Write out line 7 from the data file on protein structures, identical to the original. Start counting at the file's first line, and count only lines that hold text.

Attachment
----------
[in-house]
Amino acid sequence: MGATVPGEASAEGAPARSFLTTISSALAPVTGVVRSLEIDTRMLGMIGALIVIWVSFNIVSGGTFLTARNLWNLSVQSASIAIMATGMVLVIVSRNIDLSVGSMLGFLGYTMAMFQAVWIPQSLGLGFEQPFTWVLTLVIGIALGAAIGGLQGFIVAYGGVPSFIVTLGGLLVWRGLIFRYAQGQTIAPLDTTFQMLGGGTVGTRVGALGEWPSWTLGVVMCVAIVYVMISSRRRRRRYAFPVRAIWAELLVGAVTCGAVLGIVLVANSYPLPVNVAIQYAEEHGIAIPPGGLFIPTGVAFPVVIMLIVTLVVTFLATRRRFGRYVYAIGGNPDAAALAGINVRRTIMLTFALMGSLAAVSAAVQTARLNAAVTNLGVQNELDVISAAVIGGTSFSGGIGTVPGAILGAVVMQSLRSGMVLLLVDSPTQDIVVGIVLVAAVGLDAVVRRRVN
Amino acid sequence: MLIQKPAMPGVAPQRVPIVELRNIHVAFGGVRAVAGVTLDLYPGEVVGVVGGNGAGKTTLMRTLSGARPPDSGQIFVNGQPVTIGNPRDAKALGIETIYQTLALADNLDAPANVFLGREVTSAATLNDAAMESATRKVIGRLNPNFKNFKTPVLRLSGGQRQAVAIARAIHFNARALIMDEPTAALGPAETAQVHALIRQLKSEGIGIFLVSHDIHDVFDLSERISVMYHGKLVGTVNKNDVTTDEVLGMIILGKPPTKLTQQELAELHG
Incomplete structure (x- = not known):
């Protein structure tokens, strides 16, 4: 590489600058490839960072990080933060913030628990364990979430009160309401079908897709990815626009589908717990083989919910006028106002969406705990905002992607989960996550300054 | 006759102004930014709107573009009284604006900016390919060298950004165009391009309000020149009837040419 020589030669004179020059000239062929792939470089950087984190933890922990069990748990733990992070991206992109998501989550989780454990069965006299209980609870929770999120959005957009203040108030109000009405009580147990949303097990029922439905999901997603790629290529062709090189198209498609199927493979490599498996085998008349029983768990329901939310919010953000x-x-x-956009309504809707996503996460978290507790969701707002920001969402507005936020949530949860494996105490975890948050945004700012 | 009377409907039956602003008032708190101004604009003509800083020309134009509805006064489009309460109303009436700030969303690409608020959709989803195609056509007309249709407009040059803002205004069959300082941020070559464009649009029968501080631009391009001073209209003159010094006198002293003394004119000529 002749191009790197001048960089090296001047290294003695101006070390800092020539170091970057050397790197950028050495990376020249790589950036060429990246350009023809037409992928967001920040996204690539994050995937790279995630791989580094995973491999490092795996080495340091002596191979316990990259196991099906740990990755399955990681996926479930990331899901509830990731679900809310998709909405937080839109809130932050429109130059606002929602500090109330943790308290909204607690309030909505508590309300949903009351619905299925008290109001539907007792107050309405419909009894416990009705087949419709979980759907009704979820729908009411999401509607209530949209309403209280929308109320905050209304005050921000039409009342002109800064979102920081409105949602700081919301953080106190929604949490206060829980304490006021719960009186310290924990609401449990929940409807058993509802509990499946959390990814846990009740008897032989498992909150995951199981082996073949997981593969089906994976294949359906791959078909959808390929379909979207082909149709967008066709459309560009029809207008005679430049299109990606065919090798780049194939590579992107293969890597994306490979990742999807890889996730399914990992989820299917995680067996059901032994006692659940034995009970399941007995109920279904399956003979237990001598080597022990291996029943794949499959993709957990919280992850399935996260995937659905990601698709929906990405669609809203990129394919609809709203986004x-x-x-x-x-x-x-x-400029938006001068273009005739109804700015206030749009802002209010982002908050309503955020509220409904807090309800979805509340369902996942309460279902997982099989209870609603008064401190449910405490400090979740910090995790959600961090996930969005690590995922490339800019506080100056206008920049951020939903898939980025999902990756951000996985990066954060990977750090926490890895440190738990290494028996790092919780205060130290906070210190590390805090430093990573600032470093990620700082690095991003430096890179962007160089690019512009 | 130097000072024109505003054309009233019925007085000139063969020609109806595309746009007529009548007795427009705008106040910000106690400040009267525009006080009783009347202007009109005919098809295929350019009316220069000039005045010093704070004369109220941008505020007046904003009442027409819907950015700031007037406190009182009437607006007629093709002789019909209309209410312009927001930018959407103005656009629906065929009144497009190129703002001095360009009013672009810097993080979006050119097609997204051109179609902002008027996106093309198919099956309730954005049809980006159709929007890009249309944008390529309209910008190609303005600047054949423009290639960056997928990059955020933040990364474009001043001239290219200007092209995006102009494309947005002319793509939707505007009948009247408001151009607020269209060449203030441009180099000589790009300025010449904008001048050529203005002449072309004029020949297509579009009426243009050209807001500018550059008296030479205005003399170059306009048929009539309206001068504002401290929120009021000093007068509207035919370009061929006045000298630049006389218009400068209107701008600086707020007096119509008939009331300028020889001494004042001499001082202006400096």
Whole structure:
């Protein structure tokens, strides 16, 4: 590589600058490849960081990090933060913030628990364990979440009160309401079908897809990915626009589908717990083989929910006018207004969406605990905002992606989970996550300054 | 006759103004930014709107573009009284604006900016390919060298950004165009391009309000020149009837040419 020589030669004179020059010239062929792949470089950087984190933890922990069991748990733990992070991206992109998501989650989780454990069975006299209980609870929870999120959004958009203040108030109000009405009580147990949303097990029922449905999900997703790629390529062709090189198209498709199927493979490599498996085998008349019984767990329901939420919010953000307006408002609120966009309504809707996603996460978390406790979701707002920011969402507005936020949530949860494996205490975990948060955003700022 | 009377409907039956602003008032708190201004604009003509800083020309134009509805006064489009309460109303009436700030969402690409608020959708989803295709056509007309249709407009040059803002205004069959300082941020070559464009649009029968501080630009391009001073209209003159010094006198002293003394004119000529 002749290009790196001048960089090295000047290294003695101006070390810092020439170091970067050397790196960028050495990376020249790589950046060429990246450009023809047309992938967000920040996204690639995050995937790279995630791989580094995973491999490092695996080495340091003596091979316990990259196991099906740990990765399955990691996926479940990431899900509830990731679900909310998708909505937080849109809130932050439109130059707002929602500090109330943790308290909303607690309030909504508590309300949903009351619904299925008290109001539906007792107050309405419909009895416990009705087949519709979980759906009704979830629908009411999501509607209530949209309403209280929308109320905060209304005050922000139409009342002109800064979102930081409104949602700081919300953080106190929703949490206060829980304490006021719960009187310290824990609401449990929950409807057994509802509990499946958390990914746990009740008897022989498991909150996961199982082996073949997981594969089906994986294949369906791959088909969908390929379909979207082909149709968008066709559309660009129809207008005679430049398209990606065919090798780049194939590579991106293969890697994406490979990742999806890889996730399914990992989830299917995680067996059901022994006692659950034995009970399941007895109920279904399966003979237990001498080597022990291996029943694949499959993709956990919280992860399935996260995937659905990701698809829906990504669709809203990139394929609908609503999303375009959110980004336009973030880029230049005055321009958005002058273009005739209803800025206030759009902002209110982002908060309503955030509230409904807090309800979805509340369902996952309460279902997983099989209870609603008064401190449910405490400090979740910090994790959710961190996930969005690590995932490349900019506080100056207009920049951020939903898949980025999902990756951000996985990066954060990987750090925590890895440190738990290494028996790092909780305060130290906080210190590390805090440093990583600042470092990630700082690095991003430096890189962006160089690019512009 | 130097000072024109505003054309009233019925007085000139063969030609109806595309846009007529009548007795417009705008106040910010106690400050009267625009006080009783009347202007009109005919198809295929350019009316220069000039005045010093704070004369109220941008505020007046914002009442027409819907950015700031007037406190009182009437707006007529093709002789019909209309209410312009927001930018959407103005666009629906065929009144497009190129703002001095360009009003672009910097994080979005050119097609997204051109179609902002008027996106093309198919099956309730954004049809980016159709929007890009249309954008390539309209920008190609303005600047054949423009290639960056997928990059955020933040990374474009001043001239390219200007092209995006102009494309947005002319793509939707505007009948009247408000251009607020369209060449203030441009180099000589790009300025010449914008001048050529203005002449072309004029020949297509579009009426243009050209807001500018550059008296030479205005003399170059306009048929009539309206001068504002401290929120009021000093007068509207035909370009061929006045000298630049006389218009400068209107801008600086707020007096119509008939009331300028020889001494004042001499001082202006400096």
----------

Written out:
């Protein structure tokens, strides 16, 4: 590589600058490849960081990090933060913030628990364990979440009160309401079908897809990915626009589908717990083989929910006018207004969406605990905002992606989970996550300054 | 006759103004930014709107573009009284604006900016390919060298950004165009391009309000020149009837040419 020589030669004179020059010239062929792949470089950087984190933890922990069991748990733990992070991206992109998501989650989780454990069975006299209980609870929870999120959004958009203040108030109000009405009580147990949303097990029922449905999900997703790629390529062709090189198209498709199927493979490599498996085998008349019984767990329901939420919010953000307006408002609120966009309504809707996603996460978390406790979701707002920011969402507005936020949530949860494996205490975990948060955003700022 | 009377409907039956602003008032708190201004604009003509800083020309134009509805006064489009309460109303009436700030969402690409608020959708989803295709056509007309249709407009040059803002205004069959300082941020070559464009649009029968501080630009391009001073209209003159010094006198002293003394004119000529 002749290009790196001048960089090295000047290294003695101006070390810092020439170091970067050397790196960028050495990376020249790589950046060429990246450009023809047309992938967000920040996204690639995050995937790279995630791989580094995973491999490092695996080495340091003596091979316990990259196991099906740990990765399955990691996926479940990431899900509830990731679900909310998708909505937080849109809130932050439109130059707002929602500090109330943790308290909303607690309030909504508590309300949903009351619904299925008290109001539906007792107050309405419909009895416990009705087949519709979980759906009704979830629908009411999501509607209530949209309403209280929308109320905060209304005050922000139409009342002109800064979102930081409104949602700081919300953080106190929703949490206060829980304490006021719960009187310290824990609401449990929950409807057994509802509990499946958390990914746990009740008897022989498991909150996961199982082996073949997981594969089906994986294949369906791959088909969908390929379909979207082909149709968008066709559309660009129809207008005679430049398209990606065919090798780049194939590579991106293969890697994406490979990742999806890889996730399914990992989830299917995680067996059901022994006692659950034995009970399941007895109920279904399966003979237990001498080597022990291996029943694949499959993709956990919280992860399935996260995937659905990701698809829906990504669709809203990139394929609908609503999303375009959110980004336009973030880029230049005055321009958005002058273009005739209803800025206030759009902002209110982002908060309503955030509230409904807090309800979805509340369902996952309460279902997983099989209870609603008064401190449910405490400090979740910090994790959710961190996930969005690590995932490349900019506080100056207009920049951020939903898949980025999902990756951000996985990066954060990987750090925590890895440190738990290494028996790092909780305060130290906080210190590390805090440093990583600042470092990630700082690095991003430096890189962006160089690019512009 | 130097000072024109505003054309009233019925007085000139063969030609109806595309846009007529009548007795417009705008106040910010106690400050009267625009006080009783009347202007009109005919198809295929350019009316220069000039005045010093704070004369109220941008505020007046914002009442027409819907950015700031007037406190009182009437707006007529093709002789019909209309209410312009927001930018959407103005666009629906065929009144497009190129703002001095360009009003672009910097994080979005050119097609997204051109179609902002008027996106093309198919099956309730954004049809980016159709929007890009249309954008390539309209920008190609303005600047054949423009290639960056997928990059955020933040990374474009001043001239390219200007092209995006102009494309947005002319793509939707505007009948009247408000251009607020369209060449203030441009180099000589790009300025010449914008001048050529203005002449072309004029020949297509579009009426243009050209807001500018550059008296030479205005003399170059306009048929009539309206001068504002401290929120009021000093007068509207035909370009061929006045000298630049006389218009400068209107801008600086707020007096119509008939009331300028020889001494004042001499001082202006400096």